You count em' one, two three
You look so cute when you get that mad
You drain the life from me and it feels oh so good

The looks you give are so contagious
The way we move is so outrageous
Just let me in (wasting time)
Just let me in Let's make it look right

So stay up and get down
Sleep's just time spent wasting time
So get down, get down
Let's make it happen all night

You're moving close, my pulse is racing
We're getting close, yeah I can taste itI've never done it quite like this
So slow it down now, just slow it down

The looks you give are so contagious
The way we move is so outrageous
Just let me in (wasting time)
Just let me in, Let me in

So stay up and get down
Sleep's just time spent wasting time
So get down, get down
Let's make it happen all night

Reach out touch someone
So try to catch me if you can
Reach out touch someone
Touch someone (touch me)

Reach out touch someone
So try to catch me if you can
Reach out touch someone
Touch someone (just touch)

Reach out touch someone
So try to catch me if you can
Reach out touch someone
Touch someone (touch)

So stay up and get down
Sleep's just time spent wasting time
So get down, get down
Let's make it happen all night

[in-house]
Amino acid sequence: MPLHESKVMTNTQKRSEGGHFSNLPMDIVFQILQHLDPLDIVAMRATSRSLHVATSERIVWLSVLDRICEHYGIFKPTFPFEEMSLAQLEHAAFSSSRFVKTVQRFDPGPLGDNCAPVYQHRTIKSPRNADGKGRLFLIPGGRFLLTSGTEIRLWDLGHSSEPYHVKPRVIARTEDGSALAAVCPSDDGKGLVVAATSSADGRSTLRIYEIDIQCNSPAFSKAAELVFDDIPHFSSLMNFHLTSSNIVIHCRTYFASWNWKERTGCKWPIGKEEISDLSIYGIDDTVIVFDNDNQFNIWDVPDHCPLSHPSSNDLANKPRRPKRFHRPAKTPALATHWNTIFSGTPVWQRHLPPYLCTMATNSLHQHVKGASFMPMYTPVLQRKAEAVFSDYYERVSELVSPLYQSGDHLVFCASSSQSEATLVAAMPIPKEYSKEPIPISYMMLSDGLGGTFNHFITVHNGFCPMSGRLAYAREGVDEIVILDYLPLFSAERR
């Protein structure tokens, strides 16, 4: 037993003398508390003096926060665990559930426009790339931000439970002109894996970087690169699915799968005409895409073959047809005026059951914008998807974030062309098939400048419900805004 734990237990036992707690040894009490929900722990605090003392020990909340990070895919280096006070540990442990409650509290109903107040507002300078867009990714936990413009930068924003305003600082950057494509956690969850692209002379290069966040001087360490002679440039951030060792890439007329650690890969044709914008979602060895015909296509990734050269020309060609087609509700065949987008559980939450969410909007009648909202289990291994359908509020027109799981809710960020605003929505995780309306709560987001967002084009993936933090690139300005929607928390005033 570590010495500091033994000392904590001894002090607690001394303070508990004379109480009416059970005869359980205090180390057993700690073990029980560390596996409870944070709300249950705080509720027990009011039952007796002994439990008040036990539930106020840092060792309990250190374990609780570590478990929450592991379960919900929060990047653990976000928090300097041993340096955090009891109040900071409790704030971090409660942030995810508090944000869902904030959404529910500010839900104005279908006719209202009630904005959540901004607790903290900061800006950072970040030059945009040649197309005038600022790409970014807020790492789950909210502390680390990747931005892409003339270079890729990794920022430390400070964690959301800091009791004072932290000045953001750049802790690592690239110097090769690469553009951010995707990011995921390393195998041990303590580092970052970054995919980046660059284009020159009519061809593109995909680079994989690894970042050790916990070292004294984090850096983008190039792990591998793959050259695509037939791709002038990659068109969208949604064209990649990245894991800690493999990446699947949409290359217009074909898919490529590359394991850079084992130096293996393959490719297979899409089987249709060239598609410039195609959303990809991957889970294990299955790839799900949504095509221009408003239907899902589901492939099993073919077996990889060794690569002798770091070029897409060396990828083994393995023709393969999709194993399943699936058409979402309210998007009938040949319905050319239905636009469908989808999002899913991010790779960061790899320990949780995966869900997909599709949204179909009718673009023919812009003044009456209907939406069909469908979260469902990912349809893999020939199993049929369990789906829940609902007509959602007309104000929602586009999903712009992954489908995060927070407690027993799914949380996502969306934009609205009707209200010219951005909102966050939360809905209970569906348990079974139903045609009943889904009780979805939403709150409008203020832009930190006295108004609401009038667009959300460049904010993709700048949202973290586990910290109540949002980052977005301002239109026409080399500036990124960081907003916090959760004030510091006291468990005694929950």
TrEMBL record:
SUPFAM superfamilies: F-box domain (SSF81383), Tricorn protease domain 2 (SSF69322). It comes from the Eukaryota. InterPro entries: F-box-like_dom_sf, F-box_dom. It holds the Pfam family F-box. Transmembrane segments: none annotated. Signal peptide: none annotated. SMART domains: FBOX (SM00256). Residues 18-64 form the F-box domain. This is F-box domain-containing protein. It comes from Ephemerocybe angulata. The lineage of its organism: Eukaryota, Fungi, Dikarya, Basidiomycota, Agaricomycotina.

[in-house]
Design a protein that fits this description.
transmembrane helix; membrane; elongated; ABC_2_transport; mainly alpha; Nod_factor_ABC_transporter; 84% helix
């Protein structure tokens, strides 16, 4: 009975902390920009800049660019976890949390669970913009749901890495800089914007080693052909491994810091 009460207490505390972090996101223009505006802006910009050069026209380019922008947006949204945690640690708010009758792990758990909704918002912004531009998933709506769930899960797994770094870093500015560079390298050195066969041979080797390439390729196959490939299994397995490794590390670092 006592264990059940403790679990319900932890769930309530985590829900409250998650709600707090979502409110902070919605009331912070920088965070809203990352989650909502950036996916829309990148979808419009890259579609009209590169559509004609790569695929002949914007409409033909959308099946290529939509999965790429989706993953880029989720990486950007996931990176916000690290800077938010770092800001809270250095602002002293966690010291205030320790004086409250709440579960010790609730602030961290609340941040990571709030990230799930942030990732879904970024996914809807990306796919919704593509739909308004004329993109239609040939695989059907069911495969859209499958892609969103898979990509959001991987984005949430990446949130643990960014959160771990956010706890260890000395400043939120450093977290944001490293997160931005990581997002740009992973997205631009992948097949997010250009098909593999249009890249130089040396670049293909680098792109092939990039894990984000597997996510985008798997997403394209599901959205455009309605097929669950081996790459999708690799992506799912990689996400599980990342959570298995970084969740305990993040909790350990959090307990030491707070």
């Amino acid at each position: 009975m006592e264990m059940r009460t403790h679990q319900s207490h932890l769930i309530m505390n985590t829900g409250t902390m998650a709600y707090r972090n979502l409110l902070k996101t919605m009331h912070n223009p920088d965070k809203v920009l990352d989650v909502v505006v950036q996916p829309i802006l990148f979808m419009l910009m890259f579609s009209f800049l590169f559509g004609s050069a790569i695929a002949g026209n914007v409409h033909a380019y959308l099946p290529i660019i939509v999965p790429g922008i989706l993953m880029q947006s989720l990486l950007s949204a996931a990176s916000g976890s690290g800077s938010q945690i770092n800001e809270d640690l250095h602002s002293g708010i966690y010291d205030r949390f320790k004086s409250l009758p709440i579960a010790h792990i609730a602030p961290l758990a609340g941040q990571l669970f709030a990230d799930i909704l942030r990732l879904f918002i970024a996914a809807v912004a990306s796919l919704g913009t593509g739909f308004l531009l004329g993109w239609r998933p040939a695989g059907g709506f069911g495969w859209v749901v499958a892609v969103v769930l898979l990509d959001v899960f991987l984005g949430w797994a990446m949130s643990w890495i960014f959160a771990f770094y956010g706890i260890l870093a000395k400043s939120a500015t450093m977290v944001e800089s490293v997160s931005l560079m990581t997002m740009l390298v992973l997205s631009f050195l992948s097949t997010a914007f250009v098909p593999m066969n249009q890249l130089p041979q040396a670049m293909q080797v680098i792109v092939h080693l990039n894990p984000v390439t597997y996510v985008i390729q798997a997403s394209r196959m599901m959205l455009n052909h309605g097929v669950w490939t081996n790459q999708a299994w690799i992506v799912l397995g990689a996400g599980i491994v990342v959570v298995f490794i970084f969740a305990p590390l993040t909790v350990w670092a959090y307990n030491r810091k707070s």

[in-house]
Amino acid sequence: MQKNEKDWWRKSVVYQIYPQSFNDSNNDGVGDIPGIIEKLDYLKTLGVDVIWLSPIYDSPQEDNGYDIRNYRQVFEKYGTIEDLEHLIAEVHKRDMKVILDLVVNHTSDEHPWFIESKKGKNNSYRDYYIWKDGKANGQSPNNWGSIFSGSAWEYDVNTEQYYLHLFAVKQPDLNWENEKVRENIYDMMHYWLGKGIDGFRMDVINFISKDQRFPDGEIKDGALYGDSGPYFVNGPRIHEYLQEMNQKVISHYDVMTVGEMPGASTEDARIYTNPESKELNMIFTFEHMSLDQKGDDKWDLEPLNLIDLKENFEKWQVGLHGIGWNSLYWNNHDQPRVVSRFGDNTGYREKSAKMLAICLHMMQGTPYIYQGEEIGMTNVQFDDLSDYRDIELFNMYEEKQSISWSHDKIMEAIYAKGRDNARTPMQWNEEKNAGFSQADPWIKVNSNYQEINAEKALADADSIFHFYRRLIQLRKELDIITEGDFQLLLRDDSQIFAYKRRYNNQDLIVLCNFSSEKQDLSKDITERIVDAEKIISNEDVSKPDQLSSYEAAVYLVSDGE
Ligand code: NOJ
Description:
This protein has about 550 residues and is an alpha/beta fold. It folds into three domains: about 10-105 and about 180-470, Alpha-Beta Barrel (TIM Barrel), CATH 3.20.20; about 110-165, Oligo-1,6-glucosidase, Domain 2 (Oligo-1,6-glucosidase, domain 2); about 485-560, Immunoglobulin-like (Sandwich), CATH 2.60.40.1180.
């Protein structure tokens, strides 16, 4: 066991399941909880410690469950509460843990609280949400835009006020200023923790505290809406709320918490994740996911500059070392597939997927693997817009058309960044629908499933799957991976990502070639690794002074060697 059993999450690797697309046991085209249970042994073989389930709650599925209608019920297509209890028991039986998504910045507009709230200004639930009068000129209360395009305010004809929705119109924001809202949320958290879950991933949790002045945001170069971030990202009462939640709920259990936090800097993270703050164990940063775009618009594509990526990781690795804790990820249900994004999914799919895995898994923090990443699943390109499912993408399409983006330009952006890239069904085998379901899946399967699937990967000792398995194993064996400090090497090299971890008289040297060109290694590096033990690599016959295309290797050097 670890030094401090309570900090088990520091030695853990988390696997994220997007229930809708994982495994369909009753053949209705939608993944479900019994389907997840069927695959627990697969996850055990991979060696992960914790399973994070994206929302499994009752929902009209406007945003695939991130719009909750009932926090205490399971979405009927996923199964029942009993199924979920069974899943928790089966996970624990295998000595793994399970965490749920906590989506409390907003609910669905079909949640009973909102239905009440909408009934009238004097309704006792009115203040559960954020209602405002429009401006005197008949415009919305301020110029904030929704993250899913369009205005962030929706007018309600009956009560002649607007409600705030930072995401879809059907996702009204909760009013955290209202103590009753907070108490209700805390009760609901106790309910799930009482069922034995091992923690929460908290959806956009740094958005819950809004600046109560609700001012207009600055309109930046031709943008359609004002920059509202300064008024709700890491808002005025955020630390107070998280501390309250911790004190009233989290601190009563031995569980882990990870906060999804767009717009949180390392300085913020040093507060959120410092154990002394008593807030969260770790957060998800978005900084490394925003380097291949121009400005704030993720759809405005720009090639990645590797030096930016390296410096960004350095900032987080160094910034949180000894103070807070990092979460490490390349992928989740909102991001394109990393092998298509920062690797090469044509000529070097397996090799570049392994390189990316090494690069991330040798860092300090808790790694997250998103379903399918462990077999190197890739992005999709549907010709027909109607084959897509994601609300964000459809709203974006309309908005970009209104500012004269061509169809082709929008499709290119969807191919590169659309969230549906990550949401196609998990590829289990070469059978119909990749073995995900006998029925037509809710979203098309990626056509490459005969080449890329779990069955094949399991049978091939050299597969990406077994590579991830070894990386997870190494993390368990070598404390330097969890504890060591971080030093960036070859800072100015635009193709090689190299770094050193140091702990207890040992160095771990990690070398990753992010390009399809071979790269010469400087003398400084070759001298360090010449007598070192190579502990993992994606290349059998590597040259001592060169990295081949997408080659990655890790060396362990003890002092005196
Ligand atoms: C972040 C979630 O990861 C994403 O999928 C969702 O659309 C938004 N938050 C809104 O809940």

One,Two, Three is a 1961 American Comedy film directed by Billy Wilder and written by Wilder and I.A.L. Diamond. It is derived from the 1929 Hungarian one-act play Egy, ketto, harom by Ferenc Molnar, with a “plot borrowed partly from “Ninotchka, a 1939 film co-written by Wilder. The comedy features James Cagney, Pamela Tiffin, Horst Buchholz, Leon Askin, Arlene Francis, Howard St. John, and others. It would be Cagney’s last film look until Ragtime, 20 years later. 

The film is mainly set in West Berlin during the Cold War, but before the building of the Berlin Wall, and politics is major in the premise. The film is known for its quick pace.

One, two, three is a comedy movie by Billy Wilder from 1961. It's set in West Berlin shortly before the wall was built, it's about James Cagney as the boss of Coca-Cola Germany who has to care for the daughter of his boss spending her holiday there. And trying to do business with some Communists, to expand Coca-Cola beyond the Iron Curtain. And preventing his marriage to fall apart. Hilarity Ensues (lots of!).
1.      Actor Allusion: Red Buttons appears as an MP who does a "You dirty rat" impression to the face of CR MacNamara... played by James Cagney.